How sweet to think of them both enjoying each other's company in heaven and having us and our friendship in common. That made me smile. Thanks for commenting.



Denise McGill (author) from Fresno CA on February 23, 2021:


How wonderful to discuss the news with your dad. My dad wasn't interested in discussing events of the day with us females. Thanks for commenting.



Mary Norton from Ontario, Canada on February 23, 2021:

My father died when I was 18 and because he was growing his business, he was often away but I miss playing chess with him and reading the weekly news magazine he likes so we could discuss it.

Denise McGill (author) from Fresno CA on February 22, 2021:


What an interesting story. I hope you find the answers. My Dad called all horses hay-burners. He called kids cookie-crunchers or curtain-climbers. He had a unique way of looking at things. Thanks for commenting.



Denise McGill (author) from Fresno CA on February 22, 2021:


I read the memories of your father. He must have been extraordinary. My dad never finished high school. Yours was so highly educated that it must have been something you were very proud of. Thanks for commenting.



Denise McGill (author) from Fresno CA on February 22, 2021:


Eww, you just grossed me out again. I figure my thoughts are worth more than that anyway. Haha. Thanks for commenting.



Denise McGill (author) from Fresno CA on February 22, 2021:


Wow, but his time on the road/train must have been full of adventure and stories. It's a shame he didn't share that with you. Life lessons. Thanks for commenting.



Denise McGill (author) from Fresno CA on February 22, 2021:


I agree. I love revisiting these stories of my Dad's. It's been fun to get into his accent as well. I can almost hear his voice in my head again. Thanks for commenting.



Linda Lum from Washington State, USA on February 22, 2021:

My Dad never talked much about this childhood; perhaps that's because he left home at the age of 15. But he was such a tease (a lot like your Dad), funny, kind, and loving. I'll bet the two of them are having the best of fun in Heaven.

Denise McGill (author) from Fresno CA on February 22, 2021:


Isn't it interesting how private men are yet they led such interesting lives. I can't get my mother-in-law to share one story about her childhood. Some people just don't want to open up that way. Thanks for commenting.



Denise McGill (author) from Fresno CA on February 22, 2021:

Peggy W,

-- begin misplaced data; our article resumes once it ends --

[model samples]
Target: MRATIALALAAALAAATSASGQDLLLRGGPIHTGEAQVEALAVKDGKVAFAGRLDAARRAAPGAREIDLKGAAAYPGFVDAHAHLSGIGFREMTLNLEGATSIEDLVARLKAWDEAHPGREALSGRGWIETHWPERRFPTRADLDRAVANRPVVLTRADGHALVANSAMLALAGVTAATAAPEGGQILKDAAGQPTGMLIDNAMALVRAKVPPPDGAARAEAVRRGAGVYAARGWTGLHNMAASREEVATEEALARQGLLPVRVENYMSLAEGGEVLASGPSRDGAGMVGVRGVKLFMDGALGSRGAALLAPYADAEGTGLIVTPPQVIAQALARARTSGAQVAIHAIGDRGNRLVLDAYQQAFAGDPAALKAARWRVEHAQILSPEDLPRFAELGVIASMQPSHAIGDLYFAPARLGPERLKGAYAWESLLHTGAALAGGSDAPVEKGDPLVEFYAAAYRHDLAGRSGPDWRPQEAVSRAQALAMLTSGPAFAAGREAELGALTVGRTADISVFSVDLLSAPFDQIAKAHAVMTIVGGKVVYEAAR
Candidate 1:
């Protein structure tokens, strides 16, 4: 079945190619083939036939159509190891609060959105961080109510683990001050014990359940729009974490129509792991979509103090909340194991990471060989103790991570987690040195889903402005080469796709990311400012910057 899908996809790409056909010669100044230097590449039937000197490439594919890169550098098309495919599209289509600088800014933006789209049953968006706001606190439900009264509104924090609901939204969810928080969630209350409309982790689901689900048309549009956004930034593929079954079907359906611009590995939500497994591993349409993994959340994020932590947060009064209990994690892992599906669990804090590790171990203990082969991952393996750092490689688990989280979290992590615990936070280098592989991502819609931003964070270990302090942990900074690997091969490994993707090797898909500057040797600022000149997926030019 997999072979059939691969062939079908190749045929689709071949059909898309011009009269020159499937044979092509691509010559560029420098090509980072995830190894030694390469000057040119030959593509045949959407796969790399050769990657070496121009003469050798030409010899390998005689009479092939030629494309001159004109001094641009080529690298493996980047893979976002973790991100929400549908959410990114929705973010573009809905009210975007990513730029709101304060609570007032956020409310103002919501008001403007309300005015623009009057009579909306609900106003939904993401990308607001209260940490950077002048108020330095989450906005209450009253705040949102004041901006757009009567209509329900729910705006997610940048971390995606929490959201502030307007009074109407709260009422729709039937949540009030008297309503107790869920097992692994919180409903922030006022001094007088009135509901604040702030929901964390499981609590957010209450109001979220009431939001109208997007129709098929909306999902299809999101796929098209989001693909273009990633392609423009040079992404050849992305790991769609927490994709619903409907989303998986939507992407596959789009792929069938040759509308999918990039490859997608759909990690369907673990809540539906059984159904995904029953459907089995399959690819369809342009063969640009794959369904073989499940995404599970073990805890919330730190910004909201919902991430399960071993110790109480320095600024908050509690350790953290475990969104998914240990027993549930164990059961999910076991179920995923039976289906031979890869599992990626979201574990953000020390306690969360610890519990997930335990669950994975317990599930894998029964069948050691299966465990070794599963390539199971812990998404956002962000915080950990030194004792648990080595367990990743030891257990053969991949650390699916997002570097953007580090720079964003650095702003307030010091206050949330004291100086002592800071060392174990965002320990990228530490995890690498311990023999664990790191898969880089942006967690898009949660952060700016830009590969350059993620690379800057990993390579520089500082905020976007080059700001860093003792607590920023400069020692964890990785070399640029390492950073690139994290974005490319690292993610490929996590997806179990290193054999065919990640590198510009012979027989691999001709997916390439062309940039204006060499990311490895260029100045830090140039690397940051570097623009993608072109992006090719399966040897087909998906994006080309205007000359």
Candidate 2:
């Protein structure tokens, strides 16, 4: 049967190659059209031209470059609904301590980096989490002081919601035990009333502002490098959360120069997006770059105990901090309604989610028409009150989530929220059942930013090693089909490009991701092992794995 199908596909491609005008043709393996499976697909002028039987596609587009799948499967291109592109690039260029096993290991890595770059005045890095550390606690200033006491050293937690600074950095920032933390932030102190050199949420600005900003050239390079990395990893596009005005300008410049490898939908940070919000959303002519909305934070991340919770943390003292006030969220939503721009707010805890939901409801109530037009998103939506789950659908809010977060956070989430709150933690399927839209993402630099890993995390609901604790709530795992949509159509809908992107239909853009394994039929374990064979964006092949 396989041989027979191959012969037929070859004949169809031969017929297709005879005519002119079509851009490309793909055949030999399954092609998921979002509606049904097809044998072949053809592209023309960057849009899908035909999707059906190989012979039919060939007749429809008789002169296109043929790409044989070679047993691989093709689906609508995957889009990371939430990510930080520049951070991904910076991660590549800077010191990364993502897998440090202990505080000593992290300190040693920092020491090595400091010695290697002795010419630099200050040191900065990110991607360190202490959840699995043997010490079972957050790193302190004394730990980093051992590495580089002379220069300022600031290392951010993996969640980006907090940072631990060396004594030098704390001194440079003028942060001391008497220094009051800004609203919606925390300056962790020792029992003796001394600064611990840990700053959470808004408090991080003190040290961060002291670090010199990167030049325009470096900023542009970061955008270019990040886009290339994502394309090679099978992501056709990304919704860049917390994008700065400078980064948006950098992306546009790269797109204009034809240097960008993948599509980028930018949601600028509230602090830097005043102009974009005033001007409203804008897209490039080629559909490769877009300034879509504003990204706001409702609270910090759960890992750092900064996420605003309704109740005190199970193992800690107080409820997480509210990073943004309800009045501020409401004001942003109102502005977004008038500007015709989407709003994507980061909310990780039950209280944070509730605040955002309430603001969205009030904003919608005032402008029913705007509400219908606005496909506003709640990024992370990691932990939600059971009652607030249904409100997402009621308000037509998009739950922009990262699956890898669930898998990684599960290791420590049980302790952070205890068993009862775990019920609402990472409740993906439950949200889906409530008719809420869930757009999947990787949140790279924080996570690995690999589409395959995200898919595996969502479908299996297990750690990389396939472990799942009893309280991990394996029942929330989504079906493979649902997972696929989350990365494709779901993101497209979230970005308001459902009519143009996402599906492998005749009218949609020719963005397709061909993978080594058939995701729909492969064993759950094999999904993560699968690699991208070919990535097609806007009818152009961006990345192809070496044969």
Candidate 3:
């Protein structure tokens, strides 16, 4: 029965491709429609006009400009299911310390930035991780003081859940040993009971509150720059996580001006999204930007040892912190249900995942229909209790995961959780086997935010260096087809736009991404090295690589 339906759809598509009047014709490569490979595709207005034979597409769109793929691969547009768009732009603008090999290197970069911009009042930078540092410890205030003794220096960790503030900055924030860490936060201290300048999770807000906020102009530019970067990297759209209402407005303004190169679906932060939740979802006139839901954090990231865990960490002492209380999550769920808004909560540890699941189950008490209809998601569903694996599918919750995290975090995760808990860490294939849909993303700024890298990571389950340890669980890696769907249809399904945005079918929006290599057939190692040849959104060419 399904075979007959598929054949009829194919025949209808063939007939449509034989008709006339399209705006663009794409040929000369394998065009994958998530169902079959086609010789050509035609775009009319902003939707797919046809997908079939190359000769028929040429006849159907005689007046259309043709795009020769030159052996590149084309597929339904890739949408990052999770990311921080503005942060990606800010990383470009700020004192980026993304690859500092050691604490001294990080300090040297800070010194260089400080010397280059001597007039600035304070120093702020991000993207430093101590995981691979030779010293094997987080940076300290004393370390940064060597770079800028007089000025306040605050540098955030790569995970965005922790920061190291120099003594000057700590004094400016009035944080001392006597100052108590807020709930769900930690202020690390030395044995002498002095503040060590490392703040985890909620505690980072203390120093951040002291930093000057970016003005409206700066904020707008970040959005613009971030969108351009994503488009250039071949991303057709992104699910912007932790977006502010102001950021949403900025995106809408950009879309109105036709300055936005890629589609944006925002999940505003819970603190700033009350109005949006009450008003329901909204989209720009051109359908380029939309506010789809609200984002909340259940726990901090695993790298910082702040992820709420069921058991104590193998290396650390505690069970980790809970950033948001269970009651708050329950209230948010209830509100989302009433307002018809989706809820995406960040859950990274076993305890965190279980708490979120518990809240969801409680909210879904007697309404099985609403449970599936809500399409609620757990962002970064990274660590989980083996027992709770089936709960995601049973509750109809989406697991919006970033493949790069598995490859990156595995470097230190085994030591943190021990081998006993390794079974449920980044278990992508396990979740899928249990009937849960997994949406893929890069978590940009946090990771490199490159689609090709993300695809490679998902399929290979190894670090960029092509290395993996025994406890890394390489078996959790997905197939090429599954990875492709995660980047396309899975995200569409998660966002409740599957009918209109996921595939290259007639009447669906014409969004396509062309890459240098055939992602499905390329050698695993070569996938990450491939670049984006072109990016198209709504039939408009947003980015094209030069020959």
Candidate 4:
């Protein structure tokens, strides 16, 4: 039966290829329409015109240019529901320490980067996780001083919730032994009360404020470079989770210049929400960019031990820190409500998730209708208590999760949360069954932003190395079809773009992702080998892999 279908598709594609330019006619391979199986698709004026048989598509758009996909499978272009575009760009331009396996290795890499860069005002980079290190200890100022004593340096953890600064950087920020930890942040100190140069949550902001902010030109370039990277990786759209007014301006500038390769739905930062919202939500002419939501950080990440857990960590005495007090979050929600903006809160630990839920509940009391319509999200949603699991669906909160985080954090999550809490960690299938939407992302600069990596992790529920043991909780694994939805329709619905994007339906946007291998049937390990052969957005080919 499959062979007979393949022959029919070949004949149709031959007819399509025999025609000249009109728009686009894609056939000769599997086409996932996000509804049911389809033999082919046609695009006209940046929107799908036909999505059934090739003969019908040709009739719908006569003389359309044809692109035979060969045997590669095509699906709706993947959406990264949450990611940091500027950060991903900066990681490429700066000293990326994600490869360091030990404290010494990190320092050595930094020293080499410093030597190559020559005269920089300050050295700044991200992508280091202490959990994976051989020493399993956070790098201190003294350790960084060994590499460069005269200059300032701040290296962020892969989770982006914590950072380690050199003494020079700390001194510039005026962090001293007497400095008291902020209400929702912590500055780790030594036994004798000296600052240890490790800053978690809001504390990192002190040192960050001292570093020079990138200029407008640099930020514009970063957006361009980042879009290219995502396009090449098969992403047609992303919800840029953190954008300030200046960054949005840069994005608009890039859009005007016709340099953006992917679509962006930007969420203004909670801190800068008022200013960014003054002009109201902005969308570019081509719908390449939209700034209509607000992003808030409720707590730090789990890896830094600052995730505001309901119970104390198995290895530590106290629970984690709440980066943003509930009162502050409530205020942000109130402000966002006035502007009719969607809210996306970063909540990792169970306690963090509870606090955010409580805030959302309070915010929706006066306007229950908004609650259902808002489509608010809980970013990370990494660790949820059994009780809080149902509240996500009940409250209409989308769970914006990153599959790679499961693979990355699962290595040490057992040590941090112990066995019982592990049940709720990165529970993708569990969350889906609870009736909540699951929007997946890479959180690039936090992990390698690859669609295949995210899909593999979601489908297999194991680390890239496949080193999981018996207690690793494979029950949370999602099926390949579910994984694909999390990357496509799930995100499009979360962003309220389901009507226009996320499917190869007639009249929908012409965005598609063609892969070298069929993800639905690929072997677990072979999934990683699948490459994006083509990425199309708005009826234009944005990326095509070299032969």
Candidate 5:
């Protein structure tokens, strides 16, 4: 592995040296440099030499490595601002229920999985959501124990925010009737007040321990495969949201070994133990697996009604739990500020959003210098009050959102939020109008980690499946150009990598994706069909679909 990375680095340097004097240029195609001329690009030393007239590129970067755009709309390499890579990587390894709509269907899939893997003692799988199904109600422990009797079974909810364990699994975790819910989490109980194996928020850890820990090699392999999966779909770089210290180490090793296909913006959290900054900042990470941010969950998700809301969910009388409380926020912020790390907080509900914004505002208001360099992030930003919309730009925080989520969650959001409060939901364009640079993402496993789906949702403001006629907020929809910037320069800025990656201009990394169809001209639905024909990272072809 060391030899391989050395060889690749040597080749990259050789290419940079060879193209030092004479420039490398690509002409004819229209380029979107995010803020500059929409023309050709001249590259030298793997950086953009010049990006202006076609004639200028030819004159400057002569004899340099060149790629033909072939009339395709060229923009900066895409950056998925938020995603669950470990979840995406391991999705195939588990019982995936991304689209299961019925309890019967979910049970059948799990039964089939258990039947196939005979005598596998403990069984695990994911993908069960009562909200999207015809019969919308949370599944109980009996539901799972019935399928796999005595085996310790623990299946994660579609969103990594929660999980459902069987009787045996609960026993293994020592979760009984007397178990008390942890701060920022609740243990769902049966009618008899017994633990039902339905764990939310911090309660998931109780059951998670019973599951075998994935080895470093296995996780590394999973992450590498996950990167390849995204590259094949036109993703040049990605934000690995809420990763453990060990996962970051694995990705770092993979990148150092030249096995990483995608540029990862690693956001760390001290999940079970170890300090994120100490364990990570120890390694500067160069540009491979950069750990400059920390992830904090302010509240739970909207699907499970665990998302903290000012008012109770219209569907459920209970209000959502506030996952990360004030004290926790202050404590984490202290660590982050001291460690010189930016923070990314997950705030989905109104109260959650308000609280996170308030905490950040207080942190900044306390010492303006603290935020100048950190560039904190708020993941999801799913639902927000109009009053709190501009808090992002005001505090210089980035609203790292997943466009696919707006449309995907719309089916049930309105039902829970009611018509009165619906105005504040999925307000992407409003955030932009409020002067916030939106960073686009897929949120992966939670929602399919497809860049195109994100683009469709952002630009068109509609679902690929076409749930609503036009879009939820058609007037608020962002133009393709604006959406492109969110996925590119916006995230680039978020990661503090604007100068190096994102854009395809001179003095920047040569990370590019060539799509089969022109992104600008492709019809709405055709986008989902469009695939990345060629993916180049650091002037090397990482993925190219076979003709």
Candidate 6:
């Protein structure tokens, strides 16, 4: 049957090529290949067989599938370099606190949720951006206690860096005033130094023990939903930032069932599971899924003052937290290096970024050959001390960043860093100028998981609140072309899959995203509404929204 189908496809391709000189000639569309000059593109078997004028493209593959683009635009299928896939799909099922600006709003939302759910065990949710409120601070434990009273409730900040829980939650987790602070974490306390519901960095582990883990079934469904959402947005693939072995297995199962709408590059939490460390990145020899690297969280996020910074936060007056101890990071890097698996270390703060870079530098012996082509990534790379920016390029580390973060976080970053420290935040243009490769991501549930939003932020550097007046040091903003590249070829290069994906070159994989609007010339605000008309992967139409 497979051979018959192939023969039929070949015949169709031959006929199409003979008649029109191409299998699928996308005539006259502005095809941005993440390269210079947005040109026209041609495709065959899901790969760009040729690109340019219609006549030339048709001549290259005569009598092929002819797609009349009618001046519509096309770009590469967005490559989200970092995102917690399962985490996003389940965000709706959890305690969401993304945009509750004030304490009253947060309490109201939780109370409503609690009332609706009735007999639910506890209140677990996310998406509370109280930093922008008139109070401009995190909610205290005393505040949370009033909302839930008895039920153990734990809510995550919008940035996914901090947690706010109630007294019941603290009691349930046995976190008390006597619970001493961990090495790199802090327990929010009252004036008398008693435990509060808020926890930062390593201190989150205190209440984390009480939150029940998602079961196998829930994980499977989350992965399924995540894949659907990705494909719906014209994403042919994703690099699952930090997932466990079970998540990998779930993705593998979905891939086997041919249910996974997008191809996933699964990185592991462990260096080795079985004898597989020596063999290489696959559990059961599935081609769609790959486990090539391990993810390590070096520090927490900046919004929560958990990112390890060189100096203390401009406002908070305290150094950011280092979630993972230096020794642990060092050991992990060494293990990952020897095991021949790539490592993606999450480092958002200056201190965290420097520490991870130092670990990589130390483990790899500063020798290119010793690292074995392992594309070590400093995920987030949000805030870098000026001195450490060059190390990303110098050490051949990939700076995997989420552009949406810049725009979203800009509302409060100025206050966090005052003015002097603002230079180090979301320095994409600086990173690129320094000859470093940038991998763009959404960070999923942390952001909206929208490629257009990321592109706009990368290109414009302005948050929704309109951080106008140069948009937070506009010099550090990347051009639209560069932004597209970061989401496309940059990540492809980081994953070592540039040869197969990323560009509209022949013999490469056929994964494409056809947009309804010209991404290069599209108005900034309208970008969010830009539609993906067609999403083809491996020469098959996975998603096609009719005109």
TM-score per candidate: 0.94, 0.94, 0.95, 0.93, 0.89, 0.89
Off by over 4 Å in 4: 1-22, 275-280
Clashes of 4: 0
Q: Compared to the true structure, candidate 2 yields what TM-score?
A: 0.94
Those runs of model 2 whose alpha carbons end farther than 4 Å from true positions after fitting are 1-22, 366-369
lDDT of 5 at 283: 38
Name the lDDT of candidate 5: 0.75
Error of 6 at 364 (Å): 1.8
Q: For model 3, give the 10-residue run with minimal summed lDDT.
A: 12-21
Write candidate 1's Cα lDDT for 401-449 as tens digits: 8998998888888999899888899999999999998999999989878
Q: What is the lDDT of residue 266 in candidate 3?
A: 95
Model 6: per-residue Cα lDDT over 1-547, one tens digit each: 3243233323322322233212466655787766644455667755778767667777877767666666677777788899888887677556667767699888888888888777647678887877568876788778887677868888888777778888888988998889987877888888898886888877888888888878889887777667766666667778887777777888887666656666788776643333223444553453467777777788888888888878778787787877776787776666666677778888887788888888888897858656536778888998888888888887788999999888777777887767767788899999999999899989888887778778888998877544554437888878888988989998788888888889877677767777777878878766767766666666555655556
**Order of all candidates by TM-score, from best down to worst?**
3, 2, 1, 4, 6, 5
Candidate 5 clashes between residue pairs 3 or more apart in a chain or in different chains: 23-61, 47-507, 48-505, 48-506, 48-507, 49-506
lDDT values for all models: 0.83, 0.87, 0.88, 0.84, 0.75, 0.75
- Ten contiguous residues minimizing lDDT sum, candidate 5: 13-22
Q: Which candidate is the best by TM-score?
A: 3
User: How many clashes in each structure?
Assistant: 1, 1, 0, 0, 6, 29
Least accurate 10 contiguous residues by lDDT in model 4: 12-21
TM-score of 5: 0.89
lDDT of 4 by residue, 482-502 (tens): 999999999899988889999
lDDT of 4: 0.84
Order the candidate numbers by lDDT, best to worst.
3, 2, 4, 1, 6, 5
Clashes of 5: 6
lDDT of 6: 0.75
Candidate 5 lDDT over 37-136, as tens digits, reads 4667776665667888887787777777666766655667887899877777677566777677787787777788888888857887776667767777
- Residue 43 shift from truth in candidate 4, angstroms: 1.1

I'll have to look up your articles on your father. I'm really enjoying revisiting his old stories as well. Thanks for commenting.



Ann Carr from SW England on February 22, 2021:

Another great article about your Dad's stories, Denise. I love these two! It's great to 'hear' his accent too; you do that well.

What's a 'hay-burner', apart from being a horse? I've never heard that before. I'm guessing that maybe it's one who eats a lot of hay (!) or maybe has something to do with bringing in the hay....?

My Dad once went to Germany with his father. It was 1933 and the Hitler youth were already starting. They stayed with a family, the son of whom was in that group and Dad said that the lad would've sold his grandmother for the Hitler movement. Dad was 15 and granddad was on a business trip, though my sister and I think that he had an agenda connected to the Home Guard - we're still working that out and finding papers!

Hope you're keeping safe and well.


Rosina S Khan on February 21, 2021:

Your Dad's stories are fantastic and I loved all of them. He had such a great sense of humor. I am sorry he passed away at a young age.

You will find an article on my Dad in the feed. I would only edit it and make it appear in the feed on Feb 22 in the late morning of US time.

Thank you for your wonderful article. I appreciate the way you crafted it.

James C Moore from Joliet, IL on February 21, 2021:

That puts a new spin on the question : a penny for your thoughts?

Bill Holland from Olympia, WA on February 21, 2021:

Love your stories. I really have no stories about my dad's childhood. He didn't talk much about that time. I know he was in a lot of fights. I know the girls loved him. And I know he dropped out of school when he was fifteen. Oh, and his dad, a mean drunk, beat him. There you go, a quick summation of his childhood. :(

Linda Crampton from British Columbia, Canada on February 21, 2021:

Thanks for sharing the interesting stories about your father. I think that remembering our family members who have passed on is important. I enjoy thinking about my parents and their activities.

Pamela Oglesby from Sunny Florida on February 21, 2021:

I really like reading the stories about your father, Denise. He sounds like he was so much fun.

I don't remember many stories by my father. He was kind of serious, yet he played cards and board games with us all the time. My father use to dance around some times to our rock and roll music when I was quite young. He was a good, hard-working man too.

Peggy Woods from Houston, Texas on February 21, 2021:

I am enjoying the stories that your dad told you when you were children. I have written quite a bit about my parents in earlier articles. My dad was a hard worker, but he also had a lot of fun.

Related Articles